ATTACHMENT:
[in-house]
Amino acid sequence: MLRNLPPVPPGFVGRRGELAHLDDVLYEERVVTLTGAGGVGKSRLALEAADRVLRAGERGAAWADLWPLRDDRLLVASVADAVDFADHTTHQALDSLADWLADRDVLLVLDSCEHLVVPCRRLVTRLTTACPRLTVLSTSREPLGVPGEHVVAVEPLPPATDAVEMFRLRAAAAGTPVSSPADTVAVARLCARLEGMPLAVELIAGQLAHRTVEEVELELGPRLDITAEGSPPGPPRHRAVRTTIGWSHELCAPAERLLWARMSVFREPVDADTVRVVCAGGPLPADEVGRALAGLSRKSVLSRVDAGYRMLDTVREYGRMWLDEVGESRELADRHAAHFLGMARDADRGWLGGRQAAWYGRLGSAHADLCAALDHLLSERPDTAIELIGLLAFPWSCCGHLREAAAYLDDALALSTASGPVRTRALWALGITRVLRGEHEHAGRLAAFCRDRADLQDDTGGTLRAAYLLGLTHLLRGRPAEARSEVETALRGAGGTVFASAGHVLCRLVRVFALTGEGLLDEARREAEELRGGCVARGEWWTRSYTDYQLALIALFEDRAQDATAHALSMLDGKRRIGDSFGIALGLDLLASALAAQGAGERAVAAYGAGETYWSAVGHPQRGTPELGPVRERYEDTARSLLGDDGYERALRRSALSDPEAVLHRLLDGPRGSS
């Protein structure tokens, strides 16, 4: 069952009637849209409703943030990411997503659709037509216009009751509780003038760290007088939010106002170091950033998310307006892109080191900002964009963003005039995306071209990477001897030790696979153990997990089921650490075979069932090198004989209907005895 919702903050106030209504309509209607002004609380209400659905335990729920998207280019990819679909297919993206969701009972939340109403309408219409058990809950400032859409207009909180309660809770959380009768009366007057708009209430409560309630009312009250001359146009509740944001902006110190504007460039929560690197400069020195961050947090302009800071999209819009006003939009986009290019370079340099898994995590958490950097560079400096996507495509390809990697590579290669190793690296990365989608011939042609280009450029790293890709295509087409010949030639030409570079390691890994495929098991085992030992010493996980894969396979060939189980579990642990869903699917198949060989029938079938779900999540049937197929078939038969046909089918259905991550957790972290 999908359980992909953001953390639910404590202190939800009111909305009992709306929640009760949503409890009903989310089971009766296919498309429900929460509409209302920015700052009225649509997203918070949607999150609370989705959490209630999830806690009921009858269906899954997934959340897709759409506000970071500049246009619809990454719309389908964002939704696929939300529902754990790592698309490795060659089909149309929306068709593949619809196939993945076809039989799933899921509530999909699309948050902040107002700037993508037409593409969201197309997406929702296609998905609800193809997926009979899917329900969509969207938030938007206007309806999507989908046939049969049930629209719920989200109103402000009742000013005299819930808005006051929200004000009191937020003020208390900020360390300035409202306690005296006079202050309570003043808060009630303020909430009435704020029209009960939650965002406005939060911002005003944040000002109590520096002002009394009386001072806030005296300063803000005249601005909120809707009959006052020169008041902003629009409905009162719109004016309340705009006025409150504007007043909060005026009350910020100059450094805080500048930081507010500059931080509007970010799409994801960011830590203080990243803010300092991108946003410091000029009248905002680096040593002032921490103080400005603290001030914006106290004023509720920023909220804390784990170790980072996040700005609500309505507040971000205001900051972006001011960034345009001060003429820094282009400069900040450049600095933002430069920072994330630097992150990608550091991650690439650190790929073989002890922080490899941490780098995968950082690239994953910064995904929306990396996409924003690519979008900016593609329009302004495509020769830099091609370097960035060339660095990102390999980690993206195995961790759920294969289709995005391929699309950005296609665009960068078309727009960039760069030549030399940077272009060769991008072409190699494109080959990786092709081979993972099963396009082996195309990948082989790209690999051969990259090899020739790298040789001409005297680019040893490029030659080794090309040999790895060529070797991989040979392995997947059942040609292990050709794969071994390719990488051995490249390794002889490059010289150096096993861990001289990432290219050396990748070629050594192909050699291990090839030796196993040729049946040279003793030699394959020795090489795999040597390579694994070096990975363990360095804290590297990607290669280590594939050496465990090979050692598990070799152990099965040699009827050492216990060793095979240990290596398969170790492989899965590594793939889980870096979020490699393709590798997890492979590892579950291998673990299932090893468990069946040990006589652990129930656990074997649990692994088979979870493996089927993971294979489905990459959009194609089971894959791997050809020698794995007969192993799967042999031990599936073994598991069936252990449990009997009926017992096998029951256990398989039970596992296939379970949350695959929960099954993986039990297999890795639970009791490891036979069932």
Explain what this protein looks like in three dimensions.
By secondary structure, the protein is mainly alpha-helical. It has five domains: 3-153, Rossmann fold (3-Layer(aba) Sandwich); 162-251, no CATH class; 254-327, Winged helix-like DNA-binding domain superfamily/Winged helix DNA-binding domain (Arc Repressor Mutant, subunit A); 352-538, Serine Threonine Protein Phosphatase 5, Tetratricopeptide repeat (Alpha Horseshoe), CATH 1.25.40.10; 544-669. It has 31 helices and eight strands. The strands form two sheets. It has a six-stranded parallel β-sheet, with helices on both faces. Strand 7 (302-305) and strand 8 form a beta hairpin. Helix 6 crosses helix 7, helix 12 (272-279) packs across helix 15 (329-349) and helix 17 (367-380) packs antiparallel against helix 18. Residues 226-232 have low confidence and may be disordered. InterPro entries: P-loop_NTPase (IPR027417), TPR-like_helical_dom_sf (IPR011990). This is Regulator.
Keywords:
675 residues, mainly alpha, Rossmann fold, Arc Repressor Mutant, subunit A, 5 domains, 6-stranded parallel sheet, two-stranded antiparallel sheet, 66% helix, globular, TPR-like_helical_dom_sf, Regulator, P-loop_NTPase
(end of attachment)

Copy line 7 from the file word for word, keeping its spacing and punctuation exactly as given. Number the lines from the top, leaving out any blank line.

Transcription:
675 residues, mainly alpha, Rossmann fold, Arc Repressor Mutant, subunit A, 5 domains, 6-stranded parallel sheet, two-stranded antiparallel sheet, 66% helix, globular, TPR-like_helical_dom_sf, Regulator, P-loop_NTPase